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The Writing on the Wall: Why We Must Embrace China as a Partner or Face It as an Enemy
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The Writing on the Wall: Why We Must Embrace China as a Partner or Face It as an Enemy

3.43 of 5 stars 3.43  ·  rating details  ·  89 ratings  ·  14 reviews
The prevailing view of China is that the country is an economic juggernaut sure to become the dominant power of the twenty-first century. In this provocative and stimulating book critically acclaimed author Will Hutton warns instead that China is running up against a set of daunting challenges from within its own political and economic system that could well derail its ris ...more
ebook, 432 pages
Published November 14th 2006 by Free Press
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Mike Wigal
Slightly dated since it was written before the Great Recession. Would be interested in Hutton's thoughts since then. This is actually two books. The first half focuses on China. The second on the US and the West. Having spent a considerable amount of time in China (and of course the US where I live) I found it spot on.
David Cheshire
This book is not about China. Or rather, not just. Several brilliant chapters chart US development and also develop "Huttonism". Basically this is the notion that in the development of capitalism, free markets need more than just markets to work properly. Indeed they need "countervailing" institutions like a free press and anti-market fixing regulation to make them truly "free." Hutton calls these "Enlightenment beliefs", his point being that China lacks them; but without them its so-far spectac ...more
Review of Writing On The Wall by Will Hutton
Published: 10 Jan 2008 by Century

Will Hutton is always so incisive, a clever guy but also - although I’ve never met him - seemingly, a nice one. A cuddly economist, I’d venture, tackling complex subjects with a sense we’ll stay with him and can get it but also with the emphasis on social justice. He speaks openly and simply about complex ideas. The prospect of an exploration of China’s rise and rise plus a look at the economics of its future was very i
Educational read.

Focuses a lot less on China than I would have thought.

He takes the reader through the history of China over the last few centuries, from Confusianism, the Qin dynasty and colonial rule, through to communist rule.

He discusses the difficulties that lie ahead for China, politically, but more so economically, describing the current set up, how so much GDP is due to western companies constructing stuff there, rather than Chinese companies innovating, how state owned enterprises rule
James Stewart
Reading the introductory first chapter I was worried that Hutton's reputation for careful analysis may have left him, as he appeared to offer an overly simple thesis and an embrace of the United States' system of government that was too uncritcal.

Thankfully that chapter is misleading as Hutton leads his readers through a detailed analysis of China's economy that is equal parts illuminating and disturbing, and begins to build explanation on his desire to see US-style enlightenment institutions de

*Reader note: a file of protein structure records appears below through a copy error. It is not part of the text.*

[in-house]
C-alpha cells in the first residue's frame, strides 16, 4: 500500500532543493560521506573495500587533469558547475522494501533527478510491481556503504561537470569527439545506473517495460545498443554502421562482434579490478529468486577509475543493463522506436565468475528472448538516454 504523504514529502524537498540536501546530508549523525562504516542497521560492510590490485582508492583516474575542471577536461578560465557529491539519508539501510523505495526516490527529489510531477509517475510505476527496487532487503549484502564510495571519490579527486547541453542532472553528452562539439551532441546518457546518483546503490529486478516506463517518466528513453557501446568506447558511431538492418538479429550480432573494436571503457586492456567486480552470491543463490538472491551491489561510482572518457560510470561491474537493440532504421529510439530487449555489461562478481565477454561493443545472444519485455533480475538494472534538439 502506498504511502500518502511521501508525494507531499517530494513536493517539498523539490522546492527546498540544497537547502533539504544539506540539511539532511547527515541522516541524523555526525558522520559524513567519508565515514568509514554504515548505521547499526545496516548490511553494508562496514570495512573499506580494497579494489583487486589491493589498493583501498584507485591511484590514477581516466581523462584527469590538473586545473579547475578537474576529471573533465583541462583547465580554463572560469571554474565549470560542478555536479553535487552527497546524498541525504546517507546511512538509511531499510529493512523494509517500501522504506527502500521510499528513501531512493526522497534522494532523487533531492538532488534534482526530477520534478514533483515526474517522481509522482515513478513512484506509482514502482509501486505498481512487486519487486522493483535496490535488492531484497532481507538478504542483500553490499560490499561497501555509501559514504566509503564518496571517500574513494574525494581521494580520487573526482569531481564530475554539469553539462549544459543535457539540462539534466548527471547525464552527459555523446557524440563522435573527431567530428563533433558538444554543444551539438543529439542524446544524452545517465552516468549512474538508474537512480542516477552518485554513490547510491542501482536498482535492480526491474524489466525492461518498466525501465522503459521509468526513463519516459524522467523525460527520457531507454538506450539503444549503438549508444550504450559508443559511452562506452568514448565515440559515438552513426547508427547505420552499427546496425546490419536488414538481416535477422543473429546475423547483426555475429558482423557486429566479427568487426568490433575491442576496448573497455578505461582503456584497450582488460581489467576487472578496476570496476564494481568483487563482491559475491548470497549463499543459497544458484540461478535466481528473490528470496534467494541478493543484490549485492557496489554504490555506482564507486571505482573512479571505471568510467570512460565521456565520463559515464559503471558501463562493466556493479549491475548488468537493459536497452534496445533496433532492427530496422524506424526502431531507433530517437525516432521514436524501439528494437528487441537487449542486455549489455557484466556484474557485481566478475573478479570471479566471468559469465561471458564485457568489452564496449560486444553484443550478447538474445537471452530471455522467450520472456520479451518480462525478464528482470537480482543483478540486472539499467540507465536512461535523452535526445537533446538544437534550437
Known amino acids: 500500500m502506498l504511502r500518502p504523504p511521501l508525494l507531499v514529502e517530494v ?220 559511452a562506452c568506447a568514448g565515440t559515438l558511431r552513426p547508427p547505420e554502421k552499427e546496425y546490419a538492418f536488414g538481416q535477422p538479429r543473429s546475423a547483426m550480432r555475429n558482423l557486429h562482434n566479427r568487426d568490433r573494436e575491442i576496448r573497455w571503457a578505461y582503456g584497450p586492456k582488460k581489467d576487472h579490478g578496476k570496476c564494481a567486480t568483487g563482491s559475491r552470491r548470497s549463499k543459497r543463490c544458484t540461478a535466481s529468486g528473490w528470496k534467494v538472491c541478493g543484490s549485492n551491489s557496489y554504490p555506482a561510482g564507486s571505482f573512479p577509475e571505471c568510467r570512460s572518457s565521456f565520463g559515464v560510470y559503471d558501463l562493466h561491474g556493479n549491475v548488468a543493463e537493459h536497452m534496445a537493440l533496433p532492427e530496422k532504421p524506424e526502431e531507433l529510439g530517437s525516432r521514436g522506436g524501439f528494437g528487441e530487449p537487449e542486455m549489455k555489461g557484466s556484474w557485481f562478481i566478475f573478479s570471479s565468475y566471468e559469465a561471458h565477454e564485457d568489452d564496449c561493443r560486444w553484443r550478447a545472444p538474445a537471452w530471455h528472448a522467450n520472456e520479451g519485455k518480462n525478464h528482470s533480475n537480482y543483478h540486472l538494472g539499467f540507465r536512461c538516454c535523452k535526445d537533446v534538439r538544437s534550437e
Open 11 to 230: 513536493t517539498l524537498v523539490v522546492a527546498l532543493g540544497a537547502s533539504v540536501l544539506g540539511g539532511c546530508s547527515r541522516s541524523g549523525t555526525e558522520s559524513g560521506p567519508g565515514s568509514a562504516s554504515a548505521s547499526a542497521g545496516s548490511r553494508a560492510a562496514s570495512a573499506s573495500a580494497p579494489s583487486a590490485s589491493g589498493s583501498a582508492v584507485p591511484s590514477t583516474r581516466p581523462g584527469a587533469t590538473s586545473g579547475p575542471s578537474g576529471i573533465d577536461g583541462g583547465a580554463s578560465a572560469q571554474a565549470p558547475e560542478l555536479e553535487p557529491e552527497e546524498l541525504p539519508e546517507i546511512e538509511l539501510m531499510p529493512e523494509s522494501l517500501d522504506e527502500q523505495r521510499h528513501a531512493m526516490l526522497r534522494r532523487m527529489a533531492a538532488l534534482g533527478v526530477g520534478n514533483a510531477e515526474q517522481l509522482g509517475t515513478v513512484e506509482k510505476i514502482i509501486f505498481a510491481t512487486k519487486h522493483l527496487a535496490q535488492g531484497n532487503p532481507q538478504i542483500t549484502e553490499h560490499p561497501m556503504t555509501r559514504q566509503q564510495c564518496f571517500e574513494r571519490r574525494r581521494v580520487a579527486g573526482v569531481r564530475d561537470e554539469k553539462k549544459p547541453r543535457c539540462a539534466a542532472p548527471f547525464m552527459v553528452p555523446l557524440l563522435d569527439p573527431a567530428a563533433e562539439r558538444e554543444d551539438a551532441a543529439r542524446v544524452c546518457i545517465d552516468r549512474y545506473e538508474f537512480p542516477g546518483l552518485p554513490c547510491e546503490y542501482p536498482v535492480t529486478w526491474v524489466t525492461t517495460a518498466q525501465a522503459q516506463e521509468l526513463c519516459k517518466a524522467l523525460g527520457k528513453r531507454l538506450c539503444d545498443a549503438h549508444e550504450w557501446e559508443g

Very interesting anecdotes and a uniquely critical analysis of China's rise up to the present and into the future.

Hutton's book is strongest in the opening chapters where it identifies key stories in the evolution of China since Mao. The book benefits tremendously from an unending supply of counter-intuitive statistics and insights.

However, half way through the focus shifts onto the United States (and Britain to a lesser extent). These chapters drag a little and say nothing new.

Overall Hutton's
Brendan Nee
The first half of the book is a good overview of Chinese history and culture as it relates to its current status with the US. It suggests that China is facing large internal problems and the fears that many in the US of China "stealing" jobs" it are not likely to be realized. The last half of the book doesn't really address the first half and almost seems like it was written separately.
Richard O'Brien
An informative read on chinese economics and their relationship with the rest of the world.

Full of data and facts which I found really enlightening. After finishing, it left me feeling really postive & optimistic for the future of our planet.

A recommended read to all world leaders especally to Presidents Barack & Hu
I saw this book in the Hong Kong airport and decided I had to read it. It's basically an analysis of the economic systems of the United States and China, and the history and development of the two nations. I only absorbed about half of it because it's very technical, but I still think it was worth reading.
Very accessible book about the current state of China. It's a bit America-heavy, but it makes sense because he's talking a lot about the global balance of power and China-America is the relationship everyone's looking at.
Alistair Rae
May 16, 2009 Alistair Rae is currently reading it  ·  review of another edition
This guy's writing is like a laser it cuts out all the waffle and the result adds real knowledge to the truth seeker.This is an important book and a must read for anyone interested in their world
This review has been hidden because it contains spoilers. To view it, click here.
good reading . author never lived for a long time there which is noticeable .
Socialist Party Councillor Stephen Jolly reviews Will Hutton’s new book on China…

British economist Will Hutton’s new book The Writing on the Wall: China and the West in the 21st Century is a cold shower to those who think that country will be an ever-ending and ever-growing source of profits; is fundamentally capitalist; and has a fast diminishing Communist Party (CP) government control over the economy.

For rest of review go to: http://www.socialistpartyaustralia.or...
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